Fishaholic Ivan

What backing...dacron or braid ?

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I do think dacron requires more care and more replacement vs braid. On outfits where the backing actually sees the water I would replace dacron yearly if it saw a lot of use or get 2 years with mod use. Braid, that stuff can be there forever.

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Interesting replies and reactions to my problems with braid, especially from Brian Horsely., who probably has more experience than any 5 of us.  I wonder what general maintenance routine he uses.....if any.  I use almost none.....and that may be the source of my problem, but then there is still a valid warning there for others like-minded.

 

I also wonder, as I ponder the mechanics of  the hangup when braid "buries". whether the older, small arbor reels are susceptible and large arbor reels are not.  When it buries it goes down near to the arbor, where the radius is small and a hard pull is much less effective at pulling it out.  With a large arbor reel the radius and therefore effectiveness at clearing itself with less tension at least theoretically would be greater.  All the reels I have had the problem with are old classics......and small arbor.

 

I do find it interesting that in conventional big game tackle I have seen virtually no evidence of braid use at all.....just huge reels filled with miles of mono.  Is my perception there wrong?  If braid were so benign then I would expect a massive shift to braid to get all that "baking" and long-run-insurance onto smaller, less expensive reels.  Can anyone comment on that?

 

 

Edited by Peter Patricelli

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56 mins ago, Peter Patricelli said:

Interesting replies and reactions to my problems with braid, especially from Brian Horsely., who probably has more experience than any 5 of us.  I wonder what general maintenance routine he uses.....if any.  I use almost none.....and that may be the source of my problem, but then there is still a valid warning there for others like-minded.

 

I also wonder, as I ponder the mechanics of  the hangup when braid "buries". whether the older, small arbor reels are susceptible and large arbor reels are not.  When it buries it goes down near to the arbor, where the radius is small and a hard pull is much less effective at pulling it out.  With a large arbor reel the radius and therefore effectiveness at clearing itself with less tension at least theoretically would be greater.  All the reels I have had the problem with are old classics......and small arbor.

 

I do find it interesting that in conventional big game tackle I have seen virtually no evidence of braid use at all.....just huge reels filled with miles of mono.  Is my perception there wrong?  If braid were so benign then I would expect a massive shift to braid to get all that "baking" and long-run-insurance onto smaller, less expensive reels.  Can anyone comment on that?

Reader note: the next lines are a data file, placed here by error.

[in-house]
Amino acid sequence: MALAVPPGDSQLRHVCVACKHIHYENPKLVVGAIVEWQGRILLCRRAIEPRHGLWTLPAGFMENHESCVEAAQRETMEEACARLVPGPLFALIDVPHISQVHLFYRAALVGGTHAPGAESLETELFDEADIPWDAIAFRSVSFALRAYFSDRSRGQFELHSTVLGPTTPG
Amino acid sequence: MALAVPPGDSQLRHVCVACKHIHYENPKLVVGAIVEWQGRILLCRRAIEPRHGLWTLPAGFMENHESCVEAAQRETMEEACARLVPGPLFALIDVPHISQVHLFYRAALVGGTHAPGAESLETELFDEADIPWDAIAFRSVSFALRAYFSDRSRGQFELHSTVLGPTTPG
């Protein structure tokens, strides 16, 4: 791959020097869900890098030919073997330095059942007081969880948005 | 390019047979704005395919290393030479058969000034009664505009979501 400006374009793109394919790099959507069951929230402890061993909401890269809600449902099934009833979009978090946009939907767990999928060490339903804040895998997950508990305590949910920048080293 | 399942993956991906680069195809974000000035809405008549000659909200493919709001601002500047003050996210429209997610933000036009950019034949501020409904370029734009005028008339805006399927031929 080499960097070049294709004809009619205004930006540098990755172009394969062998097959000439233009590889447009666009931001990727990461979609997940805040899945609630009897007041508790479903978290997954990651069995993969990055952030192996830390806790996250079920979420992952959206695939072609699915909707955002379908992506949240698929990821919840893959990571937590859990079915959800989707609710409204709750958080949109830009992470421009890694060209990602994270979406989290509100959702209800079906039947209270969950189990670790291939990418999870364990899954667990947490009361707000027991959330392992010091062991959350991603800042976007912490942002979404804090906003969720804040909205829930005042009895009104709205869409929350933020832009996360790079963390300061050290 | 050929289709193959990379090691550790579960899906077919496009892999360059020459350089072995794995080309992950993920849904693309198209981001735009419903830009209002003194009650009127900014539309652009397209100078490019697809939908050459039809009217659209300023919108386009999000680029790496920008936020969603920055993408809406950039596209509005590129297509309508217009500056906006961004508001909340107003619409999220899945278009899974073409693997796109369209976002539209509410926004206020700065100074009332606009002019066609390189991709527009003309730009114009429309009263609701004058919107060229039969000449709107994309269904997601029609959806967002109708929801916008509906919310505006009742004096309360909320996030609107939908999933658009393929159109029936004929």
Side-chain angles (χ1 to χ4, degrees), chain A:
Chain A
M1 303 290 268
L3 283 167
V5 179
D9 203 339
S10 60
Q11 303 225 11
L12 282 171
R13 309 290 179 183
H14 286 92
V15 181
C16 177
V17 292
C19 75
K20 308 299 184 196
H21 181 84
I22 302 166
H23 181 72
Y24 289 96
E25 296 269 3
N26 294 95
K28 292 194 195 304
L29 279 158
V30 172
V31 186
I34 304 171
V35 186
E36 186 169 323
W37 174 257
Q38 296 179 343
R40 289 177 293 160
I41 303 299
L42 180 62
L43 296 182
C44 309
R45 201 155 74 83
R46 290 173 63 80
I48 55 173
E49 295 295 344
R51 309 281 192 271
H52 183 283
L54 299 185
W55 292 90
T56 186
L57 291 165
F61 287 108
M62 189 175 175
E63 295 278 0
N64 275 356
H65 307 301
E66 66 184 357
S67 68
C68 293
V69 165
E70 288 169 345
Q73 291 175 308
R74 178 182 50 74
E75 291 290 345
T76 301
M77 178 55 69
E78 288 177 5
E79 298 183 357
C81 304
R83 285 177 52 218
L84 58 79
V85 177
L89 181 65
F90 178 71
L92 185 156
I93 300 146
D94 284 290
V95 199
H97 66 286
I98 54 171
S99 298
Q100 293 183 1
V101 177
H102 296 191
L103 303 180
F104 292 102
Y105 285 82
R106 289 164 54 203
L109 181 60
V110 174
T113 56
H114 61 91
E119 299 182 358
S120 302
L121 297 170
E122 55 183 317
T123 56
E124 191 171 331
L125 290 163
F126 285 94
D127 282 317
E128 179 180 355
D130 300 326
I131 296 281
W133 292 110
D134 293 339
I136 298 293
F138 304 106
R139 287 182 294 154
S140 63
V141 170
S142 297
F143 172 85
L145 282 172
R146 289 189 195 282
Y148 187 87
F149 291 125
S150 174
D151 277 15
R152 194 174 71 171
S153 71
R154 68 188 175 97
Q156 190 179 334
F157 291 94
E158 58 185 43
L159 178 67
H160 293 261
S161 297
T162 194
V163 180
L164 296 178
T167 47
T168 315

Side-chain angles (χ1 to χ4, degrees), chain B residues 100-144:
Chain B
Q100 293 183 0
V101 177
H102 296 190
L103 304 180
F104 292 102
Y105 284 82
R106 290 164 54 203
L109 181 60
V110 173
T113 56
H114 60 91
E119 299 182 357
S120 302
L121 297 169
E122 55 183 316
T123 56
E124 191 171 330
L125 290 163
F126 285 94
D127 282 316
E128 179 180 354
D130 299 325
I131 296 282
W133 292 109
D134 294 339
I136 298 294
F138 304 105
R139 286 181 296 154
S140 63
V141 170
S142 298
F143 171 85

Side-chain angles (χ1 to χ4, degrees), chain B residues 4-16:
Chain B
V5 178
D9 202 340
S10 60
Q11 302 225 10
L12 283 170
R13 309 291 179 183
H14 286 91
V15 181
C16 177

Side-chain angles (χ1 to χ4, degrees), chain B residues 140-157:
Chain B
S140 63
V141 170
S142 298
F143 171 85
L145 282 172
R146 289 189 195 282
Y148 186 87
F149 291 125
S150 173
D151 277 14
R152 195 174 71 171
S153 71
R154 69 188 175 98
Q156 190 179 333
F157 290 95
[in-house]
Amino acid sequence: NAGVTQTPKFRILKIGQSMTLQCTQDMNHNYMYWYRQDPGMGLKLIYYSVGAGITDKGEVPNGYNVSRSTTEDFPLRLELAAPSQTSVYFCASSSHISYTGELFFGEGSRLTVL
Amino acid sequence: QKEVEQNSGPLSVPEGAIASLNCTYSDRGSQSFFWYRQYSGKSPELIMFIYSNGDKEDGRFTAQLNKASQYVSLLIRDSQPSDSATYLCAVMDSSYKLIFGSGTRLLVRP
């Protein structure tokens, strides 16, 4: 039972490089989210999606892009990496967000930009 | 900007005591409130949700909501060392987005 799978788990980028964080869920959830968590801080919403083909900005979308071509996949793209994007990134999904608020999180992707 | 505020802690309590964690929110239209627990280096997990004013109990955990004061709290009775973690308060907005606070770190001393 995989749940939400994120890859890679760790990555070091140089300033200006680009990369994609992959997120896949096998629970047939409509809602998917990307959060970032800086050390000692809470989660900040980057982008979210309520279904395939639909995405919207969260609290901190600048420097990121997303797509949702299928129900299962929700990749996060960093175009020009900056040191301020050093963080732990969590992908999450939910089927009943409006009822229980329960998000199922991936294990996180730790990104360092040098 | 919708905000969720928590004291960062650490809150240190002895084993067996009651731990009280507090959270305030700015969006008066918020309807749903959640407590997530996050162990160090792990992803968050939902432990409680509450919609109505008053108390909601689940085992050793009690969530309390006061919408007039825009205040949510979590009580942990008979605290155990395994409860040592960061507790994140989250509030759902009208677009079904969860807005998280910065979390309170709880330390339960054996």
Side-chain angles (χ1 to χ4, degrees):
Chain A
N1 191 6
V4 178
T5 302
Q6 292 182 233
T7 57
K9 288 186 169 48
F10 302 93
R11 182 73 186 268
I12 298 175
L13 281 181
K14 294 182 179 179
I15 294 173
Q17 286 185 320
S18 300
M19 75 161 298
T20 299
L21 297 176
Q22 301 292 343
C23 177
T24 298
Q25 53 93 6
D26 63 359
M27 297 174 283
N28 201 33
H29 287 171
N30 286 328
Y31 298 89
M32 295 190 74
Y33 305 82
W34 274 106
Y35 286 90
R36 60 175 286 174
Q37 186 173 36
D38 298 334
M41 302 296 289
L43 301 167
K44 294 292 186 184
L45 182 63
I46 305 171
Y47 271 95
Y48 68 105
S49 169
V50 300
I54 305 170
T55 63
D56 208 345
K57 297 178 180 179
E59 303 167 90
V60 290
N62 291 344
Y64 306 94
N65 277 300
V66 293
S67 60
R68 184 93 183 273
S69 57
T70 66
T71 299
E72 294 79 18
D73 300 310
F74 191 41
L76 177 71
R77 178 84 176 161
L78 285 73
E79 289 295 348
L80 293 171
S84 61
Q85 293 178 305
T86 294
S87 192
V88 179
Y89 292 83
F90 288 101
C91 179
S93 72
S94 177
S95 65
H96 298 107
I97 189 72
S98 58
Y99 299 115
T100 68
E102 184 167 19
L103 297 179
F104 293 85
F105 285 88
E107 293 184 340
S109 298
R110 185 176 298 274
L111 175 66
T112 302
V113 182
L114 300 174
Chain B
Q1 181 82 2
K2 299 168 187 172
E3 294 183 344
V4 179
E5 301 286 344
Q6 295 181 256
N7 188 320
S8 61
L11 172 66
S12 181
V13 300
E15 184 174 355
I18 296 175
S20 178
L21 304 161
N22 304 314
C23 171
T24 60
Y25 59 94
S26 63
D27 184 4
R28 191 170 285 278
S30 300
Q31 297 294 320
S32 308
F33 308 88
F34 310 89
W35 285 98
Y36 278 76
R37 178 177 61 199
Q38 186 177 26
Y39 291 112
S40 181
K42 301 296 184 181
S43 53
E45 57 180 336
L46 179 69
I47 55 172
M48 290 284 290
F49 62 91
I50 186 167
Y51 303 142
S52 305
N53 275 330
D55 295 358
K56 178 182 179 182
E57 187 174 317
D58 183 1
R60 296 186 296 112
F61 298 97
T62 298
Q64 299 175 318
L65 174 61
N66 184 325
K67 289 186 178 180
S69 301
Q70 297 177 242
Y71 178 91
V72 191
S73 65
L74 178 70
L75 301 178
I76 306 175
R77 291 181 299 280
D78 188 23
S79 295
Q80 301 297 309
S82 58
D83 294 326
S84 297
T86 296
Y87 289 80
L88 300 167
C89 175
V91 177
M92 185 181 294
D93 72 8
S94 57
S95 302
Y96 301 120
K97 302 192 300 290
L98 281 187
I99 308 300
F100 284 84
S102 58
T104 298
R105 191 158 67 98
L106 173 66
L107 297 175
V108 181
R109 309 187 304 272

I think you're off there - California guys use it for their tuna, up to 300lb yft (or bigger). Topshot of mono then a holocore braid of 150-200lb. Im pretty sure he BFT on the east coast fish that ways as well. If I were to redo my party boat bait rig it would be 200' mono then holo.

Edited by Drew C.

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I use braid on several of my fly reels without an issue. I have caught a decent amount of strong and powerful fish and, like Drew, never suffered an amputation or finger filet. I often hear of that issue but have never met someone that suffered that fate.

 

I have never heard that braid directly on the spool could cause damage and have not seen any evidence of it on my reels. I would not use mono for backing.

 

 

 

 

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I use gsp braid on all my reels. The nicest ones are smoother and more finger friendly than dacron. Line bury into itself is not an issue when backing is tightly wound. Alternatively one can choose as thick a gsp braid as dacron would be and then they work the same.

 

For me the best aspects of gsp braid are that I can go with thinner in blue water (less water drag) and I can use smaller line capacity reels.

Edited by sms

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On 7/25/2021 at 9:02 AM, Peter Patricelli said:

Interesting replies and reactions to my problems with braid, especially from Brian Horsely., who probably has more experience than any 5 of us.  I wonder what general maintenance routine he uses.....if any.  I use almost none.....and that may be the source of my problem, but then there is still a valid warning there for others like-minded.

 

I also wonder, as I ponder the mechanics of  the hangup when braid "buries". whether the older, small arbor reels are susceptible and large arbor reels are not.  When it buries it goes down near to the arbor, where the radius is small and a hard pull is much less effective at pulling it out.  With a large arbor reel the radius and therefore effectiveness at clearing itself with less tension at least theoretically would be greater.  All the reels I have had the problem with are old classics......and small arbor.

 

I do find it interesting that in conventional big game tackle I have seen virtually no evidence of braid use at all.....just huge reels filled with miles of mono.  Is my perception there wrong?  If braid were so benign then I would expect a massive shift to braid to get all that "baking" and long-run-insurance onto smaller, less expensive reels.  Can anyone comment on that?

 

 

Maintenance not so much.  I have been using it so long ( 20 yrs)I don't even think about it  I do have an old almost broken line winding machine that I spool all my reels with --both fly, spin, conventional.   I know what you mean about no offshore reels filled with braid or at least in my marina. There are 40+ off shore boats and the only braid you see is on the kite rods.  In all the boats I have fished in Guatemala and Costa Rica it is all mono --shock absorption.   

 

I use braid on my jigging rods for bottom fishing and old drum fishing 

 

don't get me wrong braid can hurt if it get wrapped around your finger with an unhappy animal on the other end 

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of all the things that can put me in harms way when fishing my line is very low on that list. Some micron  some braid. 

 

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Conventional use of mono as topshot or mainline may be more about the abrasion the line has and the risk of loosing fish and equipment when two lines meet. Braid will instantly saw through lines if they touch. If you consider a commercial boat and the potential for multiple hookups then the choice becomes clear.